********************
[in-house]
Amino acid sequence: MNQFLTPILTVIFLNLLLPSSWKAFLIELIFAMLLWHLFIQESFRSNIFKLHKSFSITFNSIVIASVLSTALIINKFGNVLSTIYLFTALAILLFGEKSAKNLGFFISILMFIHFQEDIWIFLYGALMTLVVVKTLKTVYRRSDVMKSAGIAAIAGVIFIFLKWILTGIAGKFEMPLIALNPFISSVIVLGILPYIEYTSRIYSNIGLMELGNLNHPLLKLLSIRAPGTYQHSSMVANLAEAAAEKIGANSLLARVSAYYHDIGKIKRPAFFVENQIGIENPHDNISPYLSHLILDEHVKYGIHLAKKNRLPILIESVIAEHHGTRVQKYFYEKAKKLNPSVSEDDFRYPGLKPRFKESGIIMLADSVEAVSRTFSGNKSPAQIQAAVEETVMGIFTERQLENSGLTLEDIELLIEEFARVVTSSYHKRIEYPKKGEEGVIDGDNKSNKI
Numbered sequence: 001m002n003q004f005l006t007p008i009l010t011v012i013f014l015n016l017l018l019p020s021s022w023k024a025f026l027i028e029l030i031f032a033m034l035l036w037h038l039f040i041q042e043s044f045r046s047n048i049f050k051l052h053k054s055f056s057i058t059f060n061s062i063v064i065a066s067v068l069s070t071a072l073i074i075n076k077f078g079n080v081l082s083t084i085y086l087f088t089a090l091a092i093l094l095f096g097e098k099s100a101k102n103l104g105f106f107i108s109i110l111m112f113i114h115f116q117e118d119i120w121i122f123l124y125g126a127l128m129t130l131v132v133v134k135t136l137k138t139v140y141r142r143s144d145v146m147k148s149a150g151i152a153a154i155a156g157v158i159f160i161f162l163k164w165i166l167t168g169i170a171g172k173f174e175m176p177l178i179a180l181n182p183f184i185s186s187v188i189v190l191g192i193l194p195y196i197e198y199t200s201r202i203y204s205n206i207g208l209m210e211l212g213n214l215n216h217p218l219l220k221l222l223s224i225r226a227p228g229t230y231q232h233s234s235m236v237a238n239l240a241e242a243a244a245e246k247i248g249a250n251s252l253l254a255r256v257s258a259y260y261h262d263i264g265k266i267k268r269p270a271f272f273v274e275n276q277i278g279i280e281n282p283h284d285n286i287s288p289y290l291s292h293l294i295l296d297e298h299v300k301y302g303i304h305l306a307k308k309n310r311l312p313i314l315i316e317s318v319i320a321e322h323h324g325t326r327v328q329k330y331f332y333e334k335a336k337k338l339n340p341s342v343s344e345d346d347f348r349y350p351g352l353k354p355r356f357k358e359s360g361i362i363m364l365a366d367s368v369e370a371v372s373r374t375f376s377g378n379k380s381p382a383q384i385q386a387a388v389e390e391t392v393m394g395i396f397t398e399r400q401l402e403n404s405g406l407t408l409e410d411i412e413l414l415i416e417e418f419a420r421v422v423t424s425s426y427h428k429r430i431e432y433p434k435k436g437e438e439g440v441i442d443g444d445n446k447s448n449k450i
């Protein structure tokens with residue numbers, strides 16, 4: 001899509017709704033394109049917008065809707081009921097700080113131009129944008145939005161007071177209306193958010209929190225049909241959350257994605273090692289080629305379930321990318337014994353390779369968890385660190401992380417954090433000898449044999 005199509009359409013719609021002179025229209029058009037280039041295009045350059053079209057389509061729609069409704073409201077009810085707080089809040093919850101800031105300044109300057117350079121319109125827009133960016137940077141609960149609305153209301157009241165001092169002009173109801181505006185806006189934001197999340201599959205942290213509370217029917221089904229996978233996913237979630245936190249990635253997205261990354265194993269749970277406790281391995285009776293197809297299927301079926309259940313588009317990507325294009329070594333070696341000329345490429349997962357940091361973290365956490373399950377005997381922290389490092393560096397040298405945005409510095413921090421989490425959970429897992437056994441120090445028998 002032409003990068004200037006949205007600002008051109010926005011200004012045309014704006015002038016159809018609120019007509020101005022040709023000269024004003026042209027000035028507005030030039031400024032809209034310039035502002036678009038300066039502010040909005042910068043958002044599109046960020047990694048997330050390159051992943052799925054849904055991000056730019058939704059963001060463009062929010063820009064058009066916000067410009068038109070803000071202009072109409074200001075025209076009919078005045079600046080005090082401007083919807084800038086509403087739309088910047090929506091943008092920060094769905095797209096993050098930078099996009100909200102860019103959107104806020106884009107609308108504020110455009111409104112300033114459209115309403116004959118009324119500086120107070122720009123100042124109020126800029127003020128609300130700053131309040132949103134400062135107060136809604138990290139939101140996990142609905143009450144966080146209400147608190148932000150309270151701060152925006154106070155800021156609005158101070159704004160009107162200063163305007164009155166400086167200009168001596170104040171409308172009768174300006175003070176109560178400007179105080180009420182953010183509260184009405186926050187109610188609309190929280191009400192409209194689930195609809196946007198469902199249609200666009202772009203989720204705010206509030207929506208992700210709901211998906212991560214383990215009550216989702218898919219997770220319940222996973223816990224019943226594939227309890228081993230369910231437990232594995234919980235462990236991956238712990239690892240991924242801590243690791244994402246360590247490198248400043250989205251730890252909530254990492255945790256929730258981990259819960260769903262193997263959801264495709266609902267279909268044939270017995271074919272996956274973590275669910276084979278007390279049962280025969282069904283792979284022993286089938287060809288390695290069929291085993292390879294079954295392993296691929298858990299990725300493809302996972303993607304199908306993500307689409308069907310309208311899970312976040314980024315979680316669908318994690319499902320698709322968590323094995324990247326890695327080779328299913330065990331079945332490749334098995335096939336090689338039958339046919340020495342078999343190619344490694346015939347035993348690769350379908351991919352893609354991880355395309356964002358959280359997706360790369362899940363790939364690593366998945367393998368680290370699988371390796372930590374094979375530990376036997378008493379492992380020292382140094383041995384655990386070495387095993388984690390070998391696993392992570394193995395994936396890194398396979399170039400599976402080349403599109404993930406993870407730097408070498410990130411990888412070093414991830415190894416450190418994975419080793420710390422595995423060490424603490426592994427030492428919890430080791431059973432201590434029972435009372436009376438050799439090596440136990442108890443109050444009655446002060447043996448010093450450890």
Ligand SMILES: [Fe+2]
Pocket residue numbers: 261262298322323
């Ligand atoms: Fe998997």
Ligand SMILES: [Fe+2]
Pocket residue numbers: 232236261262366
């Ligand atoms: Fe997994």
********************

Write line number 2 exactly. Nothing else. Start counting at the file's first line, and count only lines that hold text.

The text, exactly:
Amino acid sequence: MNQFLTPILTVIFLNLLLPSSWKAFLIELIFAMLLWHLFIQESFRSNIFKLHKSFSITFNSIVIASVLSTALIINKFGNVLSTIYLFTALAILLFGEKSAKNLGFFISILMFIHFQEDIWIFLYGALMTLVVVKTLKTVYRRSDVMKSAGIAAIAGVIFIFLKWILTGIAGKFEMPLIALNPFISSVIVLGILPYIEYTSRIYSNIGLMELGNLNHPLLKLLSIRAPGTYQHSSMVANLAEAAAEKIGANSLLARVSAYYHDIGKIKRPAFFVENQIGIENPHDNISPYLSHLILDEHVKYGIHLAKKNRLPILIESVIAEHHGTRVQKYFYEKAKKLNPSVSEDDFRYPGLKPRFKESGIIMLADSVEAVSRTFSGNKSPAQIQAAVEETVMGIFTERQLENSGLTLEDIELLIEEFARVVTSSYHKRIEYPKKGEEGVIDGDNKSNKI